The lot was doubtless adopted to obviate cause for jealousy or charges of favoritism. It denoted God’s choice, Pro_16:33; Pro_18:18. It could be used only with very evident reliance on Him, and in our day has been superseded by the sending of the Comforter to teach us all things, Joh_16:13.
It was long since Caleb had cut down the bunch of grapes near the spot of his choice, but he had never forgotten it; and now God, who had read his purpose, arranged that what his heart loved best his hand should hold and keep: “Him will I bring into the land whereinto he went,” Num_14:24.
Out of entire surrender to God springs a faith that dares to claim the realization of an olden promise, Jos_14:12. The fact that the Anakim held Hebron did not stagger the old veteran. It was enough that God had promised! How strong and vigorous, even to hoar hairs, are those who walk with God, Isa_40:31! F.B. Meyer
Caleb had another spirit; not only a bold, generous, courageous, noble, and heroic spirit, but the Spirit and influence of God, which thus raised him above human inquietudes and earthly fears. Therefore he followed God fully; literally, "and he filled after me:" God shewed him the way he was to take and the line of conduct he was to pursue, and he filled up this line, and in all things followed the will of his Maker. Fear was not in the equation, his faith overrode every obstacle, and every enemy.
Give Me This Mountain
I've learned some very hard, clear lessons in life since my husbands death, that I saw many seniors go through when I took care of some of them. Doing this outreach ministry has also opened my eyes, and taken off the blinders, and the rose colored glasses. Like spirits attract like spirits-and here in my area, the troublemakers and scheming manipulators run together like a pack of wolves. The kids they have are raised to be just like them, you can get the picture.
People like their sin-they want the booze, the drugs, the party life-and if your in the way-you will soon find yourself a target of their tricks, scheming troublemaking, and they'll gather together to achieve their goal-see how far they can push you, till you lose your temper and get a reaction out of you; it's their entertainment. The worst part of this is, many times it's older people, men and women both, who've taught the teenage kids, to be just like them. Devious, deceitful, liars, scheming troublemakers, both male and female.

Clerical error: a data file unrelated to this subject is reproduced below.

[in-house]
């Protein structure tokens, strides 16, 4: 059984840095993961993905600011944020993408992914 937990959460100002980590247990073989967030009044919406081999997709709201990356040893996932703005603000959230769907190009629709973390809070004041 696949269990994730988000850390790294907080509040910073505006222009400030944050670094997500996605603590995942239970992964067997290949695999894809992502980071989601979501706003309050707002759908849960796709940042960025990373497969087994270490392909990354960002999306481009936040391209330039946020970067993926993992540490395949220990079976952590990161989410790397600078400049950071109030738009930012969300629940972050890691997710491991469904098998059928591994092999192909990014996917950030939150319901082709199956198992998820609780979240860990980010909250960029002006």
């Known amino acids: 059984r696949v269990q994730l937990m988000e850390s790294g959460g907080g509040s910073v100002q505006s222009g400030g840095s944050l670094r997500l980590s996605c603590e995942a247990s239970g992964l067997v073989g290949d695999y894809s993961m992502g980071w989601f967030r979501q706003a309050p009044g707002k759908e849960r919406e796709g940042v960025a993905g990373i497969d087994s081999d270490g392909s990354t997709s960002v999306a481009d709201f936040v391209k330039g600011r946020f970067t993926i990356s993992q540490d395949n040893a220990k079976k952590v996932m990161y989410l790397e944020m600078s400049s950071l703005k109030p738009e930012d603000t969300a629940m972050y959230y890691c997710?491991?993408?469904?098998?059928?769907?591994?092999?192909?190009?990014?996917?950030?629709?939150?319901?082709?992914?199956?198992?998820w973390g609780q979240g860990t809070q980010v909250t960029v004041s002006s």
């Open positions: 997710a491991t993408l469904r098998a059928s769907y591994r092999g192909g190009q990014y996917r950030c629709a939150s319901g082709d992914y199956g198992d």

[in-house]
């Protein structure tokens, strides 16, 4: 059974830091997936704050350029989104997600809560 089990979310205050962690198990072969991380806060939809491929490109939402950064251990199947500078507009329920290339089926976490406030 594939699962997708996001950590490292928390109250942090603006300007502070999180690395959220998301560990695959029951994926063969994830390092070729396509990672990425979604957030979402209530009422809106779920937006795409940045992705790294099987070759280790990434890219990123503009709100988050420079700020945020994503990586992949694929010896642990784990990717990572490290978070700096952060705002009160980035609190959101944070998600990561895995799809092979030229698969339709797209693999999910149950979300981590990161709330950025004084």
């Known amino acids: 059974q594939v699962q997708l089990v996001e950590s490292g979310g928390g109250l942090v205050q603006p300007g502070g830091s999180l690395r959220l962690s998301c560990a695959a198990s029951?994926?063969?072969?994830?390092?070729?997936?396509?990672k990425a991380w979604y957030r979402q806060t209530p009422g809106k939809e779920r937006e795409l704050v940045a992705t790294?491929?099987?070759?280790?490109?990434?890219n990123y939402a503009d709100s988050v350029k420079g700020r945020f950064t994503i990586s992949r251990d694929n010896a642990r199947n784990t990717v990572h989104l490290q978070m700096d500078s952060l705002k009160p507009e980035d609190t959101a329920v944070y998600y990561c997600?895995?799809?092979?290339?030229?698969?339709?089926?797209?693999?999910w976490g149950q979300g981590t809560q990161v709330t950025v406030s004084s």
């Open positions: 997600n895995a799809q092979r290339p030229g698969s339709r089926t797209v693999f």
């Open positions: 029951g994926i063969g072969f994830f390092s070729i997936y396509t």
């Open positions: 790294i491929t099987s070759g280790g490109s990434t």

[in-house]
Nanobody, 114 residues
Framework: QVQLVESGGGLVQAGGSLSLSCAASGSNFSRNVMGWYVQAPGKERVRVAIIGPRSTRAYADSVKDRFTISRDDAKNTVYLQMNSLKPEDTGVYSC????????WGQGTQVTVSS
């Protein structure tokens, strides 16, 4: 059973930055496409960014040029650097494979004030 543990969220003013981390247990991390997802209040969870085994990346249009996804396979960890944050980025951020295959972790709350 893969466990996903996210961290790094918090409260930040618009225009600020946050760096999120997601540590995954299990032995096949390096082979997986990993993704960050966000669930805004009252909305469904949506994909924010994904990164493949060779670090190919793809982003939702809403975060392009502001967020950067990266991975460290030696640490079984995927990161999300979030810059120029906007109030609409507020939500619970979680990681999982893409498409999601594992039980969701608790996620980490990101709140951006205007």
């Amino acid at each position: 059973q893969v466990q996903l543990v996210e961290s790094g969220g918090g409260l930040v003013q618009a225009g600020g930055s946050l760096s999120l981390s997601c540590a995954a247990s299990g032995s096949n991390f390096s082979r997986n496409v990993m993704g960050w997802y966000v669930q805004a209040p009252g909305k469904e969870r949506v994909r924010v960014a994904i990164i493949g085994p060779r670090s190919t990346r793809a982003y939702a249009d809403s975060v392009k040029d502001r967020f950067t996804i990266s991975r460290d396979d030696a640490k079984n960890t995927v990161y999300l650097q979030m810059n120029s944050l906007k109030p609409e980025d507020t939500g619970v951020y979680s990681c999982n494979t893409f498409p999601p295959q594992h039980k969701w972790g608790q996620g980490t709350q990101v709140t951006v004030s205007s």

I've been harassed, targeted, and threatened to have my house burned down, and numerous other ongoing insults over the years. If my house does burn down-I'll go immediately to my insurance company, and give the people who've made the statements, and they will hire an arson investigator. I've prayed against it, and stand in faith for God's hand to cover me. He knows what's going on, and I'm not afraid. I also am not asking for sympathy, or pity-I'm simply stating facts of what life is here for me, on a regular basis. My armor is on, and will stay on-my only source of love, understanding, and companionship-is God. And, God is enough. I'm sharing this much here now, for other's, not myself-who may read this, and are going through the same battles, and you can know; someone else understands and cares. And, I'll direct you to the Lord Jesus-who knows and can help you in your time of need.
A couple of times I've lost my temper, and retaliated, and had to repent, asking for God's help to not turn into the same kind of hardcore person. Last night was one of those times-I'm not perfect, and sometimes it takes a lot of self control to not do, what I'd like to do. It's at these times-prayer is the greatest weapon. I've read comments from many Christians across the country who are dealing with the same kind of troubles; violence, brutality, and coldhearted conduct is rising everywhere. I post articles on this problem on the news page of this site.
My mind is just as clear and sharp now, as it was in my 30's, but I'm treated many times as if I have dementia, or am senile. The conduct and behavior of many is rude, and cold. The snotty nosed kids old enough to have cars on the roads-are a dread. Go ahead-put me on your hate list, along with many other's who have. I really don't care.
Like Caleb-I've set my face like a flint, and am going to stand this ground, and look the enemy-whoever it may be-square in the face, and deal with it.
This is my answer to the critics, and enemies.
In this page there will be devotions/poems
music and inspirational material
The Lord Will Pour Out His Spirit
And it shall come to pass afterward, that I will pour out my spirit upon all flesh; and your sons and your daughters shall prophesy, your old men shall dream dreams, your young men shall see visions:
And also upon the servants and upon the handmaids in those days will I pour out my spirit.
And I will shew wonders in the heavens and in the earth, blood, and fire, and pillars of smoke.
The sun shall be turned into darkness, and the moon into blood, before the great and the terrible day of the LORD come.
And it shall come to pass, that whosoever shall call on the name of the LORD shall be delivered: for in mount Zion and in Jerusalem shall be deliverance, as the LORD hath said, and in the remnant whom the LORD shall call.
But this is that which was spoken by the
And it shall come to pass in the last days, saith God, I will pour out of my Spirit upon all flesh: and your sons and your daughters shall prophesy, and your young men shall see visions, and your old men shall dream dreams:
And on my servants and on my handmaidens I will pour out in those days of my Spirit; and they shall prophesy: